50 Good Things to Eat and Drink at Your Wedding
With this food and drink list, your guests will be raving about the menu at the end of the night.
Mini Macaroni and Cheese
Macaroni and cheese becomes an elegant passed appetizer when served in dainty ramekins. Our version features sharp white cheddar and Gruyere.
Scrumptious tartlets from a bakery in custom-stamped bags make for tasty treats that are easy as pie to assemble in advance. Miniature pecan pies, which will stay fresh longer than most desserts, can be picked up at the store or delivered to you a day before the wedding.
Ice Cream Cups
These tiny ice cream cups are ideal for a no-mess refreshing dessert -- or a snack during cocktails. The cups are made on a pizzelle iron, which is available at cookware stores and looks like a flat, decorative waffle iron.
Elegant Eggs with Caviar Butter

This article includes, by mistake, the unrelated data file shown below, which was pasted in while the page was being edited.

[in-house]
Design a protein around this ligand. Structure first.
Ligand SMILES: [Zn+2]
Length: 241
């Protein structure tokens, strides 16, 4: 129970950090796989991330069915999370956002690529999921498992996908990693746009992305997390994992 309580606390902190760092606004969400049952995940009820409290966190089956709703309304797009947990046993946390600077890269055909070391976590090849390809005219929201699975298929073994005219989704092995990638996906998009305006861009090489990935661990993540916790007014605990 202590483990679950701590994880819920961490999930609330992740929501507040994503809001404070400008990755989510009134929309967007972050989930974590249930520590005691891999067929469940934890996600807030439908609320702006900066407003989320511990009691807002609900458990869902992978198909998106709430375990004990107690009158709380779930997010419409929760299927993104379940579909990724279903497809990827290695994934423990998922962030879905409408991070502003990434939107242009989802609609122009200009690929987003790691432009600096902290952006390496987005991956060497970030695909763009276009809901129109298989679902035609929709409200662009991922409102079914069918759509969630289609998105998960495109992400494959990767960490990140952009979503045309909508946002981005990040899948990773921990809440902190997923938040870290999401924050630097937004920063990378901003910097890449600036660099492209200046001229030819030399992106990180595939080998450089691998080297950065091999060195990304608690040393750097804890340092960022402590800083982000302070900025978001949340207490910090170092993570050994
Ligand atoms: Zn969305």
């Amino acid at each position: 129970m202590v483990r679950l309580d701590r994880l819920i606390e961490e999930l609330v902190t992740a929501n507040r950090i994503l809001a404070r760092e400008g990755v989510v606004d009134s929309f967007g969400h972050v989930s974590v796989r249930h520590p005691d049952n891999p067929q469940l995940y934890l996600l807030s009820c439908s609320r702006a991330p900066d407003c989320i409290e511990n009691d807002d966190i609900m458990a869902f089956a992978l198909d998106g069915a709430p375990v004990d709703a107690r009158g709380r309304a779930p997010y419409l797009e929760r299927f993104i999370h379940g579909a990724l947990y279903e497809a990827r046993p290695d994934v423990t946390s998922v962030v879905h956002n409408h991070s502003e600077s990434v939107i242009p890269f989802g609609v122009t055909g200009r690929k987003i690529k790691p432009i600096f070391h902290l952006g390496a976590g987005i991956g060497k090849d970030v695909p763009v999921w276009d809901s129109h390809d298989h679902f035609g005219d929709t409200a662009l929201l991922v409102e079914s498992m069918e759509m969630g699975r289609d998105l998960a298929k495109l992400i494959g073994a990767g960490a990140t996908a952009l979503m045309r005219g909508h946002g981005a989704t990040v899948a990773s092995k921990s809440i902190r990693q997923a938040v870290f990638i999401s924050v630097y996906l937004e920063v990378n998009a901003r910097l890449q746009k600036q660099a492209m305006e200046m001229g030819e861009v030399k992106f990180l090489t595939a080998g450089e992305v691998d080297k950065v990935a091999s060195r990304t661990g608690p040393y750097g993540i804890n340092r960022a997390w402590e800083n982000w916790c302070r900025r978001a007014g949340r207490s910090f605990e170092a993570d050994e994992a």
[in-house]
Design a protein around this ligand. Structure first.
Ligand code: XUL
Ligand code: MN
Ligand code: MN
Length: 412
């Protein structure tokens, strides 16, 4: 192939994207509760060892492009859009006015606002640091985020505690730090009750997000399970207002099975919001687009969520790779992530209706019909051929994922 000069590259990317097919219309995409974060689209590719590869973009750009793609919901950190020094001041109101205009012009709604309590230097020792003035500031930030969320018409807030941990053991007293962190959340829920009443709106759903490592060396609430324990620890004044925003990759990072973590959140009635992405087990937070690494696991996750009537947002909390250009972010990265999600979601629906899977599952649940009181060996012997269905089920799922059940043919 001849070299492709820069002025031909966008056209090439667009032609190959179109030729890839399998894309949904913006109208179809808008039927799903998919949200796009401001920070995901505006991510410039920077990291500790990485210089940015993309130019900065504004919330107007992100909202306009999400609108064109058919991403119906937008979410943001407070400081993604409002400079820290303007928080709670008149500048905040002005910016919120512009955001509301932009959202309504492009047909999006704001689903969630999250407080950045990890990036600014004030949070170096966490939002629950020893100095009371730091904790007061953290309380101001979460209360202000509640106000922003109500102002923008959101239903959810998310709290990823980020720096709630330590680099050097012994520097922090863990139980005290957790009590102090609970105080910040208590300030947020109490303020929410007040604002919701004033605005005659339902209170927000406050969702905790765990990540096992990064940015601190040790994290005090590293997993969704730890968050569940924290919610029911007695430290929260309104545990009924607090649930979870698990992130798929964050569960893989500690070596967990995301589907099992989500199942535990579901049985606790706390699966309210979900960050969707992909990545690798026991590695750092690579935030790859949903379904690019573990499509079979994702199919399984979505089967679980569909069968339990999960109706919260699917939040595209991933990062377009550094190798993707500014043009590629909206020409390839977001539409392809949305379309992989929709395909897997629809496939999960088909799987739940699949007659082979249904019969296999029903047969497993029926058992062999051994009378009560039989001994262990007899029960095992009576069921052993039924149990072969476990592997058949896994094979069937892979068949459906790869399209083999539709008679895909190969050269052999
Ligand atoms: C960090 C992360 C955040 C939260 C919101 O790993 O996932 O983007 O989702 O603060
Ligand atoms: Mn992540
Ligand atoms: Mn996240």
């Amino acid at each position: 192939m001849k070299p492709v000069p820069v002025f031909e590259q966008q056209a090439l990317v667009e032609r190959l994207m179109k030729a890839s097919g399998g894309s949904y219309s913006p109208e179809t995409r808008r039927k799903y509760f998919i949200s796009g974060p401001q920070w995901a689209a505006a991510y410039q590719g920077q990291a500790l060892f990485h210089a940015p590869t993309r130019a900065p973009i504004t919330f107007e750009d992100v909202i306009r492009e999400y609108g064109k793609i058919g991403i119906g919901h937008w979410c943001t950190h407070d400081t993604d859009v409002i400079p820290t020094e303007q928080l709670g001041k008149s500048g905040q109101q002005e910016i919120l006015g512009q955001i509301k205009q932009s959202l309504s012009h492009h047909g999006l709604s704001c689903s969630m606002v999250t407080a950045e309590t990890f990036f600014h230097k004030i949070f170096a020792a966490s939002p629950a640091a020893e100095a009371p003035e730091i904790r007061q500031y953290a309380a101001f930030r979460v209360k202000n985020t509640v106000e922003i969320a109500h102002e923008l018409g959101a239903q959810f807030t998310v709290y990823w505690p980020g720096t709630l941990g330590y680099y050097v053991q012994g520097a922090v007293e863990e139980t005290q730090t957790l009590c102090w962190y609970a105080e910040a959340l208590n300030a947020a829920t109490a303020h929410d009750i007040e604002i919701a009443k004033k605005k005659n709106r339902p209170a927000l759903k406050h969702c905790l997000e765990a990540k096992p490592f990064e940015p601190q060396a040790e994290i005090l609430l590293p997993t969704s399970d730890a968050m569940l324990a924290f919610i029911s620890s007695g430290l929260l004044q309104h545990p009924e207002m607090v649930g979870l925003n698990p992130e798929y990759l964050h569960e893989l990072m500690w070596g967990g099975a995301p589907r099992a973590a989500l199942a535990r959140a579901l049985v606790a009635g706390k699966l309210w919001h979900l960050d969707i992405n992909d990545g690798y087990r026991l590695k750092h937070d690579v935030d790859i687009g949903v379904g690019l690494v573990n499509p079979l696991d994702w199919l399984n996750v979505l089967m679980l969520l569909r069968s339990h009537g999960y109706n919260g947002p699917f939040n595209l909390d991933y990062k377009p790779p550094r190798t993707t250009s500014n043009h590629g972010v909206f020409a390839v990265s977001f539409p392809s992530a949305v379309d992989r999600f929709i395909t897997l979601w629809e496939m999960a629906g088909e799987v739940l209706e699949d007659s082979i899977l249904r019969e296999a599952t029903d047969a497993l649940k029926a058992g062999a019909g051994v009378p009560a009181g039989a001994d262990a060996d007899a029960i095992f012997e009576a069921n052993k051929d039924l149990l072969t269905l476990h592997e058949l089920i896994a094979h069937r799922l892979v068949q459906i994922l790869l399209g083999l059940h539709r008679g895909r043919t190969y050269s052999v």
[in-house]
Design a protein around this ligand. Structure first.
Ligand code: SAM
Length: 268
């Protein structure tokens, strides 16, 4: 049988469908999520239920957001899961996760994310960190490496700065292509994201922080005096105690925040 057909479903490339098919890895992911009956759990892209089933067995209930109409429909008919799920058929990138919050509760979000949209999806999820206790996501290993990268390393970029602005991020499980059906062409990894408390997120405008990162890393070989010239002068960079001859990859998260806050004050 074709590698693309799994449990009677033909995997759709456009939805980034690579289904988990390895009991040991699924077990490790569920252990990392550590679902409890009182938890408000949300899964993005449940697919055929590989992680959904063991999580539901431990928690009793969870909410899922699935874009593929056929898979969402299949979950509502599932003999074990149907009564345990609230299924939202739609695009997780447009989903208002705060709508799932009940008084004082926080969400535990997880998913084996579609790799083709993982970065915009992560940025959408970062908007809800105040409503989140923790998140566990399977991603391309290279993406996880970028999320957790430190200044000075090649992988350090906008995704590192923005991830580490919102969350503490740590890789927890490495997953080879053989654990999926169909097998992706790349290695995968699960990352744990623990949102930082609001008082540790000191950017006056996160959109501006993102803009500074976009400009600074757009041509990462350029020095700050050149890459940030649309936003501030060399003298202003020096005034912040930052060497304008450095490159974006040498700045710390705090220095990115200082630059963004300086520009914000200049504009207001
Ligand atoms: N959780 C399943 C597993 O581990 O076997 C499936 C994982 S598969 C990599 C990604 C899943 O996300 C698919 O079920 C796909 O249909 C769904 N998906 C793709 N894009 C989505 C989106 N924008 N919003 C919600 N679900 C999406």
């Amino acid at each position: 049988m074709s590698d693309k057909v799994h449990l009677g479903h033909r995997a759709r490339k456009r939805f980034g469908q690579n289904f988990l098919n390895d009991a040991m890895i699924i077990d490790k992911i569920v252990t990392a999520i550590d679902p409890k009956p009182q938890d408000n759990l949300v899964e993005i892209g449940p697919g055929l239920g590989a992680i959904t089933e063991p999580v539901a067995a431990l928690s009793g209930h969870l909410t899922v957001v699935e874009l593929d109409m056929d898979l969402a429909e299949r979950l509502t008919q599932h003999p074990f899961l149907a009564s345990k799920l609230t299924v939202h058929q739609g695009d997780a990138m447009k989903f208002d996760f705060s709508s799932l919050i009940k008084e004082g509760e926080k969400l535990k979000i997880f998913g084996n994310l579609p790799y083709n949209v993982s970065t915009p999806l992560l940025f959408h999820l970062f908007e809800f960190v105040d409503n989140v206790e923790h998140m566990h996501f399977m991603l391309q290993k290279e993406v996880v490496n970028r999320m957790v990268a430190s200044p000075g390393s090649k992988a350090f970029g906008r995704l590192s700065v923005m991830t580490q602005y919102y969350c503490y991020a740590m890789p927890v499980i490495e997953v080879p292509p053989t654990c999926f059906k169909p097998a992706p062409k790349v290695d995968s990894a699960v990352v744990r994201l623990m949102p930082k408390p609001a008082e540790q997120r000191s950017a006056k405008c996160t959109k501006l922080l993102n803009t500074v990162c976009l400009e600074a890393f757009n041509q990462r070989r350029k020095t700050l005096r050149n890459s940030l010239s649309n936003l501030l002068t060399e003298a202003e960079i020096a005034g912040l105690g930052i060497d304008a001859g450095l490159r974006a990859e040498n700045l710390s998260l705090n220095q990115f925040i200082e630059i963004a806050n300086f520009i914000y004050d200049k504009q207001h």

Combine the luxury of caviar with the simplicity of a soft-boiled egg in a delightful dish for a wedding brunch or shower. We used salmon caviar and orange roe, which are pretty, flavorful, and relatively inexpensive. Acknowledge Cupid with toast cut into hearts and arrows.
The name of this classic drink makes it quite fitting for a wedding. A mix of apple brandy, Benedictine (an herb-and-spice-based spirit originally made by monks), and lemon juice, it's shaken over ice and served in martini glasses. Garnish with fruit leather cut into a crescent shape; serve with printed cocktail napkins or coasters.
Dragees have a long history at weddings, and a paper compote in the center of each table lets your guests be a part of the tradition. Construct the compote from a single piece of paper folded accordion-style, and fill with sugar-coated almonds.